# Preface ✨

Hello everyone! My intentions for writing these articles are:

• Explain technical knowledge about geology in simple terms (to the public)
• Document my journey to getting an AD-T Math degree in one year
• Store information and habits for my future self and others (in <7 minutes)

Coolio? Sweet. Enjoy the series :-)

# notes as i watched the video 📹

p.s. — the video will be linked at the bottom of the article. cheers.

in life, problems do not have one root cause, or one layer.

it’s occasional that these demons are convoluted into a labyrinth of issues that stand impossible to eradicate.

math is no exception.

sometimes, we must take other derivatives, especially when we encounter constriants… like physics.

physics is math with one constraint: reality.

and when reality hits, you may need to dig deep into the layers.

given a function labeled “f(x)”,

the derivative (df/dx) can be interpreted as:

the slope of its graph above a specific point on the function “f(x)”.

but what happens when we need to know how quick the slope “accelerates & deaccelerates”?

use the 2nd derivative.

the 2nd derivative tells us how the slope* is changing (in value) along the graph.

* [slope is synonymous with “the 1st derivative”]

when the curve of “f(x)” looks like a bucket of water (the purple line, aka concave up), the value of the 2nd derivative is positive.

why?

the yellow line is the slope (or the first derivative).

if the line begins to shift from pointing down to pointing up, our slope is increasing in value.

but if the slope looks like it’s pointing down (far right end of the yellow stick), our slope is decreasing.

and as long as the slope (yellow line) stays on the orange part of the curve,

the slope will begin its transition from positive to negative slope value.

and the steeper the curvature for the “f(x)” graph, (whether positive or negative)…

the value of the 2nd derivative will be higher.

and the mathematicians have used these symbols to describe the 2nd derivative:

d²f/dx²

but wtf does that supposed to mean?

why not this?

f.u.²/fx²

# explanation ✏️

example time.

let’s say u have an input function of “f(x)”…

and let’s nudge the graph two steps to the right.

these nudges need names, both of them with “dx” will be confusing lol

so!

the first nudge will be “df1”, and the second one will be “df2”.

but how do we know how much the graph changed because of the two extra nudges?

• put them side-to-side.
• the difference between the 2nd nudge (bigger one) minus the 1st nudge (smaller one) is an approximation…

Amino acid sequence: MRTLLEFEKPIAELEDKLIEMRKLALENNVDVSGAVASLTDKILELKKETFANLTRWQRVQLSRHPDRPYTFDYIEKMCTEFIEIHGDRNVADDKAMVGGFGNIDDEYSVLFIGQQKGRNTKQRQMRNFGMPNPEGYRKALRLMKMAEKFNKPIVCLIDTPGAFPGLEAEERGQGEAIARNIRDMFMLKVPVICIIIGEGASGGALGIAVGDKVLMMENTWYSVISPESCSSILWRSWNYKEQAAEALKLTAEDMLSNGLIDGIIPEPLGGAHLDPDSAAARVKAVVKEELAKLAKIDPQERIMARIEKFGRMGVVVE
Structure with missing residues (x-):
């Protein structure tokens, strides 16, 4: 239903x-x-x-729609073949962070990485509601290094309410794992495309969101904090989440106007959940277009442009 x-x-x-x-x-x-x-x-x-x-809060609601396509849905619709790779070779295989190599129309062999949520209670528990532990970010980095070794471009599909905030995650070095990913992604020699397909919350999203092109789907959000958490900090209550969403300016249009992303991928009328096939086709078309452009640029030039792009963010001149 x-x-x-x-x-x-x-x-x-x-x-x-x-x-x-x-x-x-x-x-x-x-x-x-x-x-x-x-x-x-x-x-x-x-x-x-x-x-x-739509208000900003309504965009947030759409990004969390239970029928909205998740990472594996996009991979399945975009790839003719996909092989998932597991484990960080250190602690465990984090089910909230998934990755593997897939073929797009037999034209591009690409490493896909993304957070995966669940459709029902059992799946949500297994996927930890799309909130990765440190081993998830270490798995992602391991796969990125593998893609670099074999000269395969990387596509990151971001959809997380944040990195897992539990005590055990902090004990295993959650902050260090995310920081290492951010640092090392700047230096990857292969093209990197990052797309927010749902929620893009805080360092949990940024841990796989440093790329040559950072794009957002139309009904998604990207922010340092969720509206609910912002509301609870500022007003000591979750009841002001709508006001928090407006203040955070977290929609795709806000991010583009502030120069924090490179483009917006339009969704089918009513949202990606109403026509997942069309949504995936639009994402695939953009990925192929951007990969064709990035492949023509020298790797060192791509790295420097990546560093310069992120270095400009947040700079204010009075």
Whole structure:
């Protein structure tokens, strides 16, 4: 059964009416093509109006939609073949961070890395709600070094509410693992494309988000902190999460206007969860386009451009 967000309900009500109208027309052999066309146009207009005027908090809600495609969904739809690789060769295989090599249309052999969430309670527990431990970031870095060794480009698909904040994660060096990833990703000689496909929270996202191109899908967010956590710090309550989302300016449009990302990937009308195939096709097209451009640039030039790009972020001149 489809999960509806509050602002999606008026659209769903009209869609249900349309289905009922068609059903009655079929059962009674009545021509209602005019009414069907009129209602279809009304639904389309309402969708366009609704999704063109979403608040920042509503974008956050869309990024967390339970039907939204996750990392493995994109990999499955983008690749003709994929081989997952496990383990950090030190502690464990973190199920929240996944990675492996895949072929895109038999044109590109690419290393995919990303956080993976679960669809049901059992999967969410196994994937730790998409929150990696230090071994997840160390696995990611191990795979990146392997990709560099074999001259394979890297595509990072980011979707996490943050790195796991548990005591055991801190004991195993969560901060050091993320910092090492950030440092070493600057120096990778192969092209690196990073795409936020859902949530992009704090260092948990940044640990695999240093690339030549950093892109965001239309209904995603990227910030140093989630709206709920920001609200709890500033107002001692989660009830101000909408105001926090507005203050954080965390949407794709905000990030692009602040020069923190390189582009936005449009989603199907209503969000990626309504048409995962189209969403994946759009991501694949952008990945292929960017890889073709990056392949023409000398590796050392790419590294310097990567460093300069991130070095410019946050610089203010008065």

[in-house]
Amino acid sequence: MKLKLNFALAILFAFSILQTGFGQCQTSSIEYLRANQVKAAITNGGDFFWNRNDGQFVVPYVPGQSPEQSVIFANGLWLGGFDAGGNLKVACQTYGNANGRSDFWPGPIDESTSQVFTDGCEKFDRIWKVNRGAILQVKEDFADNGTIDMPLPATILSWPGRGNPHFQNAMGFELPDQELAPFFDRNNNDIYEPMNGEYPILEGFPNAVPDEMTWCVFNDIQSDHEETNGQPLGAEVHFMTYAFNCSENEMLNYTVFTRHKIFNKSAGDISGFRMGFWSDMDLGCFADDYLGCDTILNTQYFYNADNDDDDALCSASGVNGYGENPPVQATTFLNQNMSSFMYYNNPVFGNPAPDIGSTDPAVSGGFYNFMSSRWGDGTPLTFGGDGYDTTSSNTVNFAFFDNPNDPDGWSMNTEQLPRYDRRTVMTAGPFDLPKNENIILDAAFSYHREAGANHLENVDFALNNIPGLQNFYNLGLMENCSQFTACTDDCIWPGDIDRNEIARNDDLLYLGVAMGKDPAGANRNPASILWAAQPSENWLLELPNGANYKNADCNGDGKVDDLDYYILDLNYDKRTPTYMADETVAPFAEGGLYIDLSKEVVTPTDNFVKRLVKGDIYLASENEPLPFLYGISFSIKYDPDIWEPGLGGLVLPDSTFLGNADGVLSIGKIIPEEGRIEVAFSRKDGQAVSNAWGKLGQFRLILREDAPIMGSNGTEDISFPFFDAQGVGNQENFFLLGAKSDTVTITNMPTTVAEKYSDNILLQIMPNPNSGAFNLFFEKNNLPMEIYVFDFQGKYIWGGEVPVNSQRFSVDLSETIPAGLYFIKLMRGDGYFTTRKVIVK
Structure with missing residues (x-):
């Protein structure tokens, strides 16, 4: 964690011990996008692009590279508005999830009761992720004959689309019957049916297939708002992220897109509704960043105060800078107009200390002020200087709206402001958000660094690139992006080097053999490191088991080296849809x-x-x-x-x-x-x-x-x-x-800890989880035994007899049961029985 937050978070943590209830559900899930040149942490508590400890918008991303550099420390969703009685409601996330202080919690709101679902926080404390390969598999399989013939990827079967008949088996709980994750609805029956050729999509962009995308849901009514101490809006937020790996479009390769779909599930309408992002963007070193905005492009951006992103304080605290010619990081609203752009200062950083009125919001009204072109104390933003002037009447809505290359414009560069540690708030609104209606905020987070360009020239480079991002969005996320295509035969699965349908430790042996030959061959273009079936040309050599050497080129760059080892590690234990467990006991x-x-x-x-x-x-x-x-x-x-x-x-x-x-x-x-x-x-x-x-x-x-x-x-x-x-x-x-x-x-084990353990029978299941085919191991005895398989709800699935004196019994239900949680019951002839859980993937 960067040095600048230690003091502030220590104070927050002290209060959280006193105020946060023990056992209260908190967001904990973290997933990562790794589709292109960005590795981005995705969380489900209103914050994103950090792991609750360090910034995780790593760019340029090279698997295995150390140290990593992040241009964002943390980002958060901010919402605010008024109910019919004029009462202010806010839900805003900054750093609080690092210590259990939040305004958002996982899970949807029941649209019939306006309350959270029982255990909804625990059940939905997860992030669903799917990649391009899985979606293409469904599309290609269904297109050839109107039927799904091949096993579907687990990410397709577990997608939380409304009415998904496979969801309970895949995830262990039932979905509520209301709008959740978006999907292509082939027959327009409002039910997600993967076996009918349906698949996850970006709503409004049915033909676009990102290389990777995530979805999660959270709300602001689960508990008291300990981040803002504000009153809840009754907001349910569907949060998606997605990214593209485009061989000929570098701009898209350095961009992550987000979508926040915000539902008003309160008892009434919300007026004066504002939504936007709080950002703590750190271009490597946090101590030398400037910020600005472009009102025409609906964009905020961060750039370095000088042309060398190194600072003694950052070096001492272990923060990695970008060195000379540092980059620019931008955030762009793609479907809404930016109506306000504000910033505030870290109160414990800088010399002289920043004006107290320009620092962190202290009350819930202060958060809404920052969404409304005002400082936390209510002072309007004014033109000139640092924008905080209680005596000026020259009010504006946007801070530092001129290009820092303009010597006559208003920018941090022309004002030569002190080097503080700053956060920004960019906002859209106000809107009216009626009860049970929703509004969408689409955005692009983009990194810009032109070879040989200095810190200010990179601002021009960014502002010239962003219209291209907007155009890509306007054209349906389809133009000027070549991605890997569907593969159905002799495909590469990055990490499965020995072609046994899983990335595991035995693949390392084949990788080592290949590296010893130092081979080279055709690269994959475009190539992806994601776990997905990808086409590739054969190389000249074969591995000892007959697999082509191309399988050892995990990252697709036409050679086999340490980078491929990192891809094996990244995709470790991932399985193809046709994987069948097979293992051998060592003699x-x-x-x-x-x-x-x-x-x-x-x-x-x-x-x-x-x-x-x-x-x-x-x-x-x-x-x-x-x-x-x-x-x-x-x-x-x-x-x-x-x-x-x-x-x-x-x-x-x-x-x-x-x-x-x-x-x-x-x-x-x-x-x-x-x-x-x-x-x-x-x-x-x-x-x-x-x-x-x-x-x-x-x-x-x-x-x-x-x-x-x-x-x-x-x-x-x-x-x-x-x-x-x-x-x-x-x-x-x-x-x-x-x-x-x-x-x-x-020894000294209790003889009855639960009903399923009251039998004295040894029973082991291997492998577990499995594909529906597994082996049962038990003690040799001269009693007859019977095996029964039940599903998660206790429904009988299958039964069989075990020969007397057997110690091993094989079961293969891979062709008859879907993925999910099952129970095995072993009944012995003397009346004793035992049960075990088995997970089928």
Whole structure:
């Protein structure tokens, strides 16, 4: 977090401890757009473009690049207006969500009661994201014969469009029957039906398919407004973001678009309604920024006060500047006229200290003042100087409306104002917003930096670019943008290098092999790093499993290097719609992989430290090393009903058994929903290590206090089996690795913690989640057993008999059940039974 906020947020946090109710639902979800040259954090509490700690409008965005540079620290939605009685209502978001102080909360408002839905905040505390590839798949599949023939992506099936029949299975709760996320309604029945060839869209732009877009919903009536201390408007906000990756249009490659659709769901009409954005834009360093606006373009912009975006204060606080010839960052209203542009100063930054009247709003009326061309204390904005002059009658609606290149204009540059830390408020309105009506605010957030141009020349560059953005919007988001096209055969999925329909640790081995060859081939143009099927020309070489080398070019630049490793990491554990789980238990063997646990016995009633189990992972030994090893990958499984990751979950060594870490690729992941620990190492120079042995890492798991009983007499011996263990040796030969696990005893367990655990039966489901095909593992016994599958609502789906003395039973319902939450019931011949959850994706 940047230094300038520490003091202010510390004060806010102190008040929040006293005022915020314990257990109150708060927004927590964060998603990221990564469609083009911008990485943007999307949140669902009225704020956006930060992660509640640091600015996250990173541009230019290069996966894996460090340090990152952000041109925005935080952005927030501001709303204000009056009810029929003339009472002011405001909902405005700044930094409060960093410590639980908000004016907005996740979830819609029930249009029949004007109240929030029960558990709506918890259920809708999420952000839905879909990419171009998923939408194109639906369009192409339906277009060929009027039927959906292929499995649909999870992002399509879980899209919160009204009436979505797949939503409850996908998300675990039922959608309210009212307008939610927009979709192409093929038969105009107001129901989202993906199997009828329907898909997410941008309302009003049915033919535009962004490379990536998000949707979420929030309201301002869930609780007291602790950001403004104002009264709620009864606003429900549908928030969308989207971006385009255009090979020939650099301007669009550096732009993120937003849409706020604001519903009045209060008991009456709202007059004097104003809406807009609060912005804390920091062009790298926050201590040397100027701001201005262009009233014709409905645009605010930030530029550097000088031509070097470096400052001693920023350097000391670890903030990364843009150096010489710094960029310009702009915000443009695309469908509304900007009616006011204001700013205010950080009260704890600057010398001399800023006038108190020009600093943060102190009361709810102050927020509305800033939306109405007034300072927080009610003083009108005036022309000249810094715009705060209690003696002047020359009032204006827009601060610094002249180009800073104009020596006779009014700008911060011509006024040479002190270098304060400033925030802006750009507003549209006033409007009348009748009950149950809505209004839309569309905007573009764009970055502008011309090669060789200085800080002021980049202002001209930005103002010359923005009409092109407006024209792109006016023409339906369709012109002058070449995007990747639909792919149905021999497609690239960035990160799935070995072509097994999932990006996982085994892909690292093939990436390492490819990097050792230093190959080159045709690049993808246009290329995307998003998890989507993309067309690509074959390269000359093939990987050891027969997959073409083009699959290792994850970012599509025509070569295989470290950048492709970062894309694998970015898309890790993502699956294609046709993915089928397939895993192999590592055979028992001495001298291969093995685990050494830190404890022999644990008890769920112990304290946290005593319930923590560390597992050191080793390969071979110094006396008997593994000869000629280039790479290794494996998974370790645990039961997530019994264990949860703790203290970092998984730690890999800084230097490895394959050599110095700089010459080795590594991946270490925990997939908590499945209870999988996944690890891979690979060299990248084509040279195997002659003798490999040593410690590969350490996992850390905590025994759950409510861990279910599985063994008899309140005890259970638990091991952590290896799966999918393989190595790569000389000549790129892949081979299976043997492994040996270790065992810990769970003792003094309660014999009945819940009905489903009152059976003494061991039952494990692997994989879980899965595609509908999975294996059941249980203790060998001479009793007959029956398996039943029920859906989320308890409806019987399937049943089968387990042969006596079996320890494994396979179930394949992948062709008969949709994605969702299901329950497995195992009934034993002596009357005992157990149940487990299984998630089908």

• …of the 2nd derivative.

in grant’s video, he labeled it as “d(df)”,

which i like to think of it as:

[the difference]* of the [difference in the original function]**

* 1st derivative

** 2nd derivative

but “d(df)” isn’t “d²f”…

so what does “d(df)” mean?

well, it means this…

## d(df) ≈ (a constant) * (dx)²

and the value of the 2nd derivative must be proportional to the first derivative (dx)…

here’s what this means.

the word “proportional” can also approximately mean “equivalent”.

if “dx” had a value of 0.01, then (dx)² would need to be a value that’s proportional to the “dx” value (0.01)…

btw, if we plug 0.01 into (dx)²… we get:

before: (0.01)² ||| after: 0.0001

dx² is similar to dx, just 100 times smaller.

AND THEREFORE…

the 2nd derivative is the size of the change between the two steps,

then divided by the two nudges of “dx” … which “morphs” into (dx)².

## d(df) / (dx)² ≈ (a constant)

and because d(df) is the two changes of the function, we can label it as:

df² / dx² ≈ (a constant)

but this “df² / dx²” ratio in english means this:

what happens as as the “dx’s” approach zero? (aka the nudges never happened)?

and this is when physics & its restraints on the real world can play an application.

to visualize the 2nd derivative in real life, picture a car.

it will travel at a certain speed, and speed is always positive.

but if u wanna know what’ going on at every point in time, we need to narrow in on those points…

and to narrow in on that point… use the derivative.

the 1st derivative for the speed is velocity.

the 1st derivative tells us the change of speed at a specific point in time.

velocity can have a negative value (slowing down), or positive value (speeding up).

and the 2nd derivative for the speed (and the derivative for velocity) is acceleration.

the 2nd derivative describes the rate of change for the velocity at a specific point in time.

ahh, the wonder of the real world…

physics is applied mathematics, with reality sinking in…

and mathematics is the wonder servant to explain it all.